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Cranes partnership keeps the containers flowing at P&O Ports

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article image P&O Port’s main Sydney Terminal.
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A clever partnership between P&O Ports and KCI Konecranes have kept containers flowing uninterrupted at P&O Ports’ Sydney terminal while three of the cargo handlers' major cranes underwent major refurbishment.

Rather than taking three Krupp twin hoist portainer cranes out of service for months, P&O drew up a modular refurbishment program enabling the work to be progressively undertaken within tight timeframes to avoid major service outages.

After 25 years loading and unloading container vessels, the heavy cranes needed major maintenance and upgrades to achieve maximum efficiency at a time of expanding demand, but it was essential the refurbishment did not affect the constant flow of containers in and out of the terminal.

The company's Engineering Projects Manager for Australia and New Zealand, Steven Tull, found when he originally called for tenders for the full refurbishment of just one of the Krupp cranes that it would take more than 100 days to complete the work.

"It was not possible to schedule this level of disruption to the operation of the terminal, so the work was deferred," he explained.

So firstly P&O arranged renewal of the contractor of the electrical systems in all three of the Krupp cranes, which operate alongside each other at one end of the main terminal wharf. The analogue drive systems were replaced with the latest dc drives, the PLCs were changed and new drivers' consoles and chairs were provided to improve operators' comfort and safety.

"Ancillary items like all the machine house brakes, the long-travel gantry gearboxes and sheaves and headblocks also were replaced or renewed on all three cranes," said Mr Tull.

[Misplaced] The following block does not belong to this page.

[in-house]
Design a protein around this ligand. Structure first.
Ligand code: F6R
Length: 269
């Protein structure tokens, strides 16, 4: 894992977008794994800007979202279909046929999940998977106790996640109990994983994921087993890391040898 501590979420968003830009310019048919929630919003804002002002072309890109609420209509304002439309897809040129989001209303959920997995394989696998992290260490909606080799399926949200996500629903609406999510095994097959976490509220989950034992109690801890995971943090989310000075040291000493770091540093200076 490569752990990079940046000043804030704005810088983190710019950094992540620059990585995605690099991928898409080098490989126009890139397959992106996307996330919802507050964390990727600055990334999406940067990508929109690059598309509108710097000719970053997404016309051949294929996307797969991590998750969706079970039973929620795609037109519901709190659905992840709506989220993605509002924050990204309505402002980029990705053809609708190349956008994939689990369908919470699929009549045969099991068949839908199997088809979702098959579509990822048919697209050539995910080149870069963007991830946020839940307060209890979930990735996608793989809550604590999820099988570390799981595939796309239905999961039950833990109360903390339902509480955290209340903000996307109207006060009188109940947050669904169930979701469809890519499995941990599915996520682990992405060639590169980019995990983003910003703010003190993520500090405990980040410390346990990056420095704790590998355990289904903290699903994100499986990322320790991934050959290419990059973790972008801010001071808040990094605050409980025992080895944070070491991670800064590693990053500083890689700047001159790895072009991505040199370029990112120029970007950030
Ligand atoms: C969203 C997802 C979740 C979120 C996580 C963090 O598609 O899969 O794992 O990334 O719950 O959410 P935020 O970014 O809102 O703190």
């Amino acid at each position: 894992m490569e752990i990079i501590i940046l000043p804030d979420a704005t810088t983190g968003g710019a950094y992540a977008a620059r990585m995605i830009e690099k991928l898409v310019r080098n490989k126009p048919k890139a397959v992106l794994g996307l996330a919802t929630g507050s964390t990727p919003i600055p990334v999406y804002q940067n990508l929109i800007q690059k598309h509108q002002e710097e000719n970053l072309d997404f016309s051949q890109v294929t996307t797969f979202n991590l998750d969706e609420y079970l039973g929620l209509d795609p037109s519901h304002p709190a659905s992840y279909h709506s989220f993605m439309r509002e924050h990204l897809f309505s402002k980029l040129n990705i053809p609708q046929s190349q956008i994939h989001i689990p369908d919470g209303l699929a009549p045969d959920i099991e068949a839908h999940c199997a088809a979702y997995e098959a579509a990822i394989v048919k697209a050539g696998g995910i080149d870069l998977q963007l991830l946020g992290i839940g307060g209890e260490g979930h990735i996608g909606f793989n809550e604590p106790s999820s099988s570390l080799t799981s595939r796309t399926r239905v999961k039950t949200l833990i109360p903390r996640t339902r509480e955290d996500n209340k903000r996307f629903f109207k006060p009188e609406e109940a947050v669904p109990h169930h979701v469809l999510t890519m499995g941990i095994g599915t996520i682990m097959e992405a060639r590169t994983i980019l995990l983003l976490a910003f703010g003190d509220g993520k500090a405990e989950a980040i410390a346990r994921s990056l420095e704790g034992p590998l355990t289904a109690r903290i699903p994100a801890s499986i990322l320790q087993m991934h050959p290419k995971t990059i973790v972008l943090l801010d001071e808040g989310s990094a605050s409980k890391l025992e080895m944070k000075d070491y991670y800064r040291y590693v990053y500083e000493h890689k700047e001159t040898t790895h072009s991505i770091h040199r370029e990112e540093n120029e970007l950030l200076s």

"We then embarked on the assessment of a modular approach to the remaining refurbishment of the three Krupp cranes. P&O had crane performance and safety priorities and needed to undertake the most effective work program within the shortest outage window possible."

P&O invited tenders for the project and subsequently selected KCI Konecranes to undertake the work. KCI Konecranes has more than 230,000 cranes of all makes under service contract worldwide, including more than 10,000 in Australasia. KCI Konecranes - which is the world's largest crane manufacturing and service organisation - last year named its Australian operation as its Service Company of the Year.

"Three years ago, KCI Konecranes were commissioned to service the passenger lifts in our six quay cranes," said Mr Tull. "It was a performance-based contract in which KCI Konecranes performed admirably. As a result they were invited to undertake several non-core backlog maintenance and improvement works that also were completed to our complete satisfaction."

In August last year, KCI Konecranes was commissioned to replace the XT rails, trolley wheels and side-thrust rollers on the furthermost Krupp crane, the QC001, which was parked at the eastern end of the wharf rails. New 'smart' spreaders also were to be fitted. Twenty-one working days, including contingencies, were allowed for the work.

"Whilst not considered a terribly challenging job, once the rails were removed the beam was coated with special Belzona metal epoxy product," explained Mr Tull.

"During this work, the Konecranes’ technicians also repaired other miscellaneous components. Even with unexpected additional work, the Konecranes team did a fine job within the agreed period and subsequently Konecranes was invited to schedule the same work on Krupp cranes QC2 and 3.

Mr Tull said KCI Konecranes managed to complete their work on time with significant cost savings.

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